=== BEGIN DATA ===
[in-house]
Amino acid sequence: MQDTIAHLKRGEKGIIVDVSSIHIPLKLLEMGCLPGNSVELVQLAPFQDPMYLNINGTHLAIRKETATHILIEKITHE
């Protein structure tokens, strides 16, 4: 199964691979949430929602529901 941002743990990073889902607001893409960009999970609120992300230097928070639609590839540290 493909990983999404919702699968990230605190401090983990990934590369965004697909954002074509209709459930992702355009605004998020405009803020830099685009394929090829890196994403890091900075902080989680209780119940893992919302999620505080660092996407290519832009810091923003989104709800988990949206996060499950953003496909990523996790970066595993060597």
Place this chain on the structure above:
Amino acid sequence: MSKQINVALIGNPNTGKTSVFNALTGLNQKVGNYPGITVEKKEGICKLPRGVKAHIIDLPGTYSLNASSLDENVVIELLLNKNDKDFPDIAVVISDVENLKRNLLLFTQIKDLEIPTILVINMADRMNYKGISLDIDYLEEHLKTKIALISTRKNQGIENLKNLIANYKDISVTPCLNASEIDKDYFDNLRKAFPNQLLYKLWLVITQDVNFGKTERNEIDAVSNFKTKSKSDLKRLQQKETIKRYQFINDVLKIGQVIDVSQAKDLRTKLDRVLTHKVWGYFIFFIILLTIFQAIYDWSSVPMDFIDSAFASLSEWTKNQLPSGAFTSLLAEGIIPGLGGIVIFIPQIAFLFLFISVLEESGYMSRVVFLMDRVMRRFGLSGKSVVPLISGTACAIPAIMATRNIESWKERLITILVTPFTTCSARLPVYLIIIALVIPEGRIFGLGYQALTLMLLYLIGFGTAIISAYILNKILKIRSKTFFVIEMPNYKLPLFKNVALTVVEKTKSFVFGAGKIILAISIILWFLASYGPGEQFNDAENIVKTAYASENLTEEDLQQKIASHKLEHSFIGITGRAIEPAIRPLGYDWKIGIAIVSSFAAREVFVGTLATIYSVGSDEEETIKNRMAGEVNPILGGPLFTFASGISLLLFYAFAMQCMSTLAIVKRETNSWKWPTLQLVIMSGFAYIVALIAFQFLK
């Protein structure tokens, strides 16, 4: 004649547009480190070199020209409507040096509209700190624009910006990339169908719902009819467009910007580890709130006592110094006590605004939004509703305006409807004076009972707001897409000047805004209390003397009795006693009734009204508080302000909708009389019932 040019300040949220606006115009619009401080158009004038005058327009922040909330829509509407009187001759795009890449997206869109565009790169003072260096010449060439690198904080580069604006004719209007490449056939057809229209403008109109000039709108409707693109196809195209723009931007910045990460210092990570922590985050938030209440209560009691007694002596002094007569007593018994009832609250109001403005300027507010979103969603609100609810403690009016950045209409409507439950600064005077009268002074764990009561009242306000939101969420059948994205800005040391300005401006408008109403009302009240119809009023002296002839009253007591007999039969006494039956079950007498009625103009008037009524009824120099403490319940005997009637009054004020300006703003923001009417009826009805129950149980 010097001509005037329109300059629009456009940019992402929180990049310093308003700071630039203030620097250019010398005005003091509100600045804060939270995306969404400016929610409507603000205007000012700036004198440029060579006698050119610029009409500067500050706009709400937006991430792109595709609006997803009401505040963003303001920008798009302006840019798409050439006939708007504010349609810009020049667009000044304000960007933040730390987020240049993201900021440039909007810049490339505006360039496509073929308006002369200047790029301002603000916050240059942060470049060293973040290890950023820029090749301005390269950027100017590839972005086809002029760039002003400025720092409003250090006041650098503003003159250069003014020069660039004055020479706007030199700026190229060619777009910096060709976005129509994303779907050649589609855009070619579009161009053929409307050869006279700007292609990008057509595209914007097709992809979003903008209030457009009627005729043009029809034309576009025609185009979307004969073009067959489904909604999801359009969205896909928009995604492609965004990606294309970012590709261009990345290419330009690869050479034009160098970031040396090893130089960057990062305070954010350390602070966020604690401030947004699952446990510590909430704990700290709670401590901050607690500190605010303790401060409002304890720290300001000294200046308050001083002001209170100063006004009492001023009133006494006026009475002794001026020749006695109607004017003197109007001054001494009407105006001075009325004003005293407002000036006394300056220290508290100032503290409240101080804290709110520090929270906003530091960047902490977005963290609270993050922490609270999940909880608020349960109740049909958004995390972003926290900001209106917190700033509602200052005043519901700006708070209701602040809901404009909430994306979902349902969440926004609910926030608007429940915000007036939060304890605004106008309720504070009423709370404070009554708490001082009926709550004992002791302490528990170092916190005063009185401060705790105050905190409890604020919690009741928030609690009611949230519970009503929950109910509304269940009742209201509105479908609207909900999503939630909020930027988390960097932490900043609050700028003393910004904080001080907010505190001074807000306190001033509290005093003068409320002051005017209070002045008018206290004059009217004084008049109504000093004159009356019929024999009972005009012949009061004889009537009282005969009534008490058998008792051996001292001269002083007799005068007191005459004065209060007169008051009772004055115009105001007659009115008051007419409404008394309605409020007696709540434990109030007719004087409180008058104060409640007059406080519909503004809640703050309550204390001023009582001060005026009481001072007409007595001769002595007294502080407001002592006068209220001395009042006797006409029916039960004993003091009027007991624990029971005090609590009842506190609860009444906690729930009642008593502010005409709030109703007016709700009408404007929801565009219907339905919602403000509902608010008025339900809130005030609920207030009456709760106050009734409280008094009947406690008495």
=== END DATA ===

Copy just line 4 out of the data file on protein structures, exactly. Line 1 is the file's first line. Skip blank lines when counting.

Place this chain on the structure above: